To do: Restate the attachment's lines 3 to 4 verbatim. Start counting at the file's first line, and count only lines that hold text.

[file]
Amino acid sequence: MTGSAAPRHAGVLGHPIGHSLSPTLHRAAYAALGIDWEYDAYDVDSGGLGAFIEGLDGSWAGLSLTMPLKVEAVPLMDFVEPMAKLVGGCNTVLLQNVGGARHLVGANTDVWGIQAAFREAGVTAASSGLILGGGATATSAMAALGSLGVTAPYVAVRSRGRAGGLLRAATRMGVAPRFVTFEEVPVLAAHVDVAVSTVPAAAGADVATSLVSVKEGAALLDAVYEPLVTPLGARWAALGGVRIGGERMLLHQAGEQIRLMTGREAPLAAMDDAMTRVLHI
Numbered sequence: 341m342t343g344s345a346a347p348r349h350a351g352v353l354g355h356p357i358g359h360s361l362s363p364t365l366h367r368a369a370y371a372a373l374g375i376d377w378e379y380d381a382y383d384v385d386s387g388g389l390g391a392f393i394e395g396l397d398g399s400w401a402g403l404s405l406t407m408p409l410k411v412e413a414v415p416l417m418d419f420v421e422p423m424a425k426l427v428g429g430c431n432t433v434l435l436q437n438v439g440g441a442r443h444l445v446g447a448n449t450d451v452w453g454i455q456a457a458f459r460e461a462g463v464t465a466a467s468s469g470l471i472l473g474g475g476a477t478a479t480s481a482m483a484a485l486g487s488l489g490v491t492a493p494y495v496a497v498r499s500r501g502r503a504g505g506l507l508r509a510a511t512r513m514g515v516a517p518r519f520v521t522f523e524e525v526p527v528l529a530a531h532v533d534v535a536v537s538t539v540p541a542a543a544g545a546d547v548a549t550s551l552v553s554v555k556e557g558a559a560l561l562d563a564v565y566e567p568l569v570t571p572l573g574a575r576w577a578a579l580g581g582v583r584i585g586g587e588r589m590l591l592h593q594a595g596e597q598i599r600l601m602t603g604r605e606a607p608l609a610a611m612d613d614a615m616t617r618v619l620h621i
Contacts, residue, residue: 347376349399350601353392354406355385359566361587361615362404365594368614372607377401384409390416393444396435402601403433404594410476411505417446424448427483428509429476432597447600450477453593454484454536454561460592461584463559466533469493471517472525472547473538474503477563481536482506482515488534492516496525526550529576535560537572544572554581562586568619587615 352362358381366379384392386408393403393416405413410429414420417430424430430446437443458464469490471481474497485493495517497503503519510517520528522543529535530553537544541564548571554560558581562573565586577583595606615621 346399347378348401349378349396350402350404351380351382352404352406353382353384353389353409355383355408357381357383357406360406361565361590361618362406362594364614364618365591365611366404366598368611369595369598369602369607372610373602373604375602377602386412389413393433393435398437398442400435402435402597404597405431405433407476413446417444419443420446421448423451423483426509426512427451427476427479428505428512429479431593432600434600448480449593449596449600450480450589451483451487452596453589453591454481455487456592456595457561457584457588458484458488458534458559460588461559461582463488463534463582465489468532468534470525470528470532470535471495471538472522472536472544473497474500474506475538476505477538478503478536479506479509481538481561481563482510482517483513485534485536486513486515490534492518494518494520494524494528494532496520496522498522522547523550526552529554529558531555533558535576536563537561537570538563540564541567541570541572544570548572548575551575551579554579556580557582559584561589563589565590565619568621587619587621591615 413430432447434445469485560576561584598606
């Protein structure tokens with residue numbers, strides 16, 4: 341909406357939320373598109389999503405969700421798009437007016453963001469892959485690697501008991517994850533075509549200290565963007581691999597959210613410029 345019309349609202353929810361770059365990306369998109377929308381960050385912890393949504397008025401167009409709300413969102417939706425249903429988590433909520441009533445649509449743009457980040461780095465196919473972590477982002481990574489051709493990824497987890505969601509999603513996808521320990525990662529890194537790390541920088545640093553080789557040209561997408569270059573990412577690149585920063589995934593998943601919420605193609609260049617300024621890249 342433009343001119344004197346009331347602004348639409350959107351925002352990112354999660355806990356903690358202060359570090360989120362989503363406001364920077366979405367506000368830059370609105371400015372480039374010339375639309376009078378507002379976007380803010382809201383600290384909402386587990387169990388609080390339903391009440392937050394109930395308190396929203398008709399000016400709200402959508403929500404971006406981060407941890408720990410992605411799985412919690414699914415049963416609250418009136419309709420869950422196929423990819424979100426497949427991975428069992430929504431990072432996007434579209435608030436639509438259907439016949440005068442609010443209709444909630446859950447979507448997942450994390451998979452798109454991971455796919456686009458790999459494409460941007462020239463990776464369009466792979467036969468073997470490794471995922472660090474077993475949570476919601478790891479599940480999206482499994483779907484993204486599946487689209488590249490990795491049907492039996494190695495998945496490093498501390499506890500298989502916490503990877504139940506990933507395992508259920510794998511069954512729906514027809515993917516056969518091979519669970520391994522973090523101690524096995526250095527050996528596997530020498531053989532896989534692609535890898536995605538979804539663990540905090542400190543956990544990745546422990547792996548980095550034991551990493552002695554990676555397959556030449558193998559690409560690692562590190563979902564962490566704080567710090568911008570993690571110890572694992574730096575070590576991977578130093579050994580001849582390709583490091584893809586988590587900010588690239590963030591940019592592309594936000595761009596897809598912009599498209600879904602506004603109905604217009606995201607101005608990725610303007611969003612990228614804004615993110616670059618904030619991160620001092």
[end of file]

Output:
Contacts, residue, residue: 347376349399350601353392354406355385359566361587361615362404365594368614372607377401384409390416393444396435402601403433404594410476411505417446424448427483428509429476432597447600450477453593454484454536454561460592461584463559466533469493471517472525472547473538474503477563481536482506482515488534492516496525526550529576535560537572544572554581562586568619587615 352362358381366379384392386408393403393416405413410429414420417430424430430446437443458464469490471481474497485493495517497503503519510517520528522543529535530553537544541564548571554560558581562573565586577583595606615621 346399347378348401349378349396350402350404351380351382352404352406353382353384353389353409355383355408357381357383357406360406361565361590361618362406362594364614364618365591365611366404366598368611369595369598369602369607372610373602373604375602377602386412389413393433393435398437398442400435402435402597404597405431405433407476413446417444419443420446421448423451423483426509426512427451427476427479428505428512429479431593432600434600448480449593449596449600450480450589451483451487452596453589453591454481455487456592456595457561457584457588458484458488458534458559460588461559461582463488463534463582465489468532468534470525470528470532470535471495471538472522472536472544473497474500474506475538476505477538478503478536479506479509481538481561481563482510482517483513485534485536486513486515490534492518494518494520494524494528494532496520496522498522522547523550526552529554529558531555533558535576536563537561537570538563540564541567541570541572544570548572548575551575551579554579556580557582559584561589563589565590565619568621587619587621591615 413430432447434445469485560576561584598606
């Protein structure tokens with residue numbers, strides 16, 4: 341909406357939320373598109389999503405969700421798009437007016453963001469892959485690697501008991517994850533075509549200290565963007581691999597959210613410029 345019309349609202353929810361770059365990306369998109377929308381960050385912890393949504397008025401167009409709300413969102417939706425249903429988590433909520441009533445649509449743009457980040461780095465196919473972590477982002481990574489051709493990824497987890505969601509999603513996808521320990525990662529890194537790390541920088545640093553080789557040209561997408569270059573990412577690149585920063589995934593998943601919420605193609609260049617300024621890249 342433009343001119344004197346009331347602004348639409350959107351925002352990112354999660355806990356903690358202060359570090360989120362989503363406001364920077366979405367506000368830059370609105371400015372480039374010339375639309376009078378507002379976007380803010382809201383600290384909402386587990387169990388609080390339903391009440392937050394109930395308190396929203398008709399000016400709200402959508403929500404971006406981060407941890408720990410992605411799985412919690414699914415049963416609250418009136419309709420869950422196929423990819424979100426497949427991975428069992430929504431990072432996007434579209435608030436639509438259907439016949440005068442609010443209709444909630446859950447979507448997942450994390451998979452798109454991971455796919456686009458790999459494409460941007462020239463990776464369009466792979467036969468073997470490794471995922472660090474077993475949570476919601478790891479599940480999206482499994483779907484993204486599946487689209488590249490990795491049907492039996494190695495998945496490093498501390499506890500298989502916490503990877504139940506990933507395992508259920510794998511069954512729906514027809515993917516056969518091979519669970520391994522973090523101690524096995526250095527050996528596997530020498531053989532896989534692609535890898536995605538979804539663990540905090542400190543956990544990745546422990547792996548980095550034991551990493552002695554990676555397959556030449558193998559690409560690692562590190563979902564962490566704080567710090568911008570993690571110890572694992574730096575070590576991977578130093579050994580001849582390709583490091584893809586988590587900010588690239590963030591940019592592309594936000595761009596897809598912009599498209600879904602506004603109905604217009606995201607101005608990725610303007611969003612990228614804004615993110616670059618904030619991160620001092």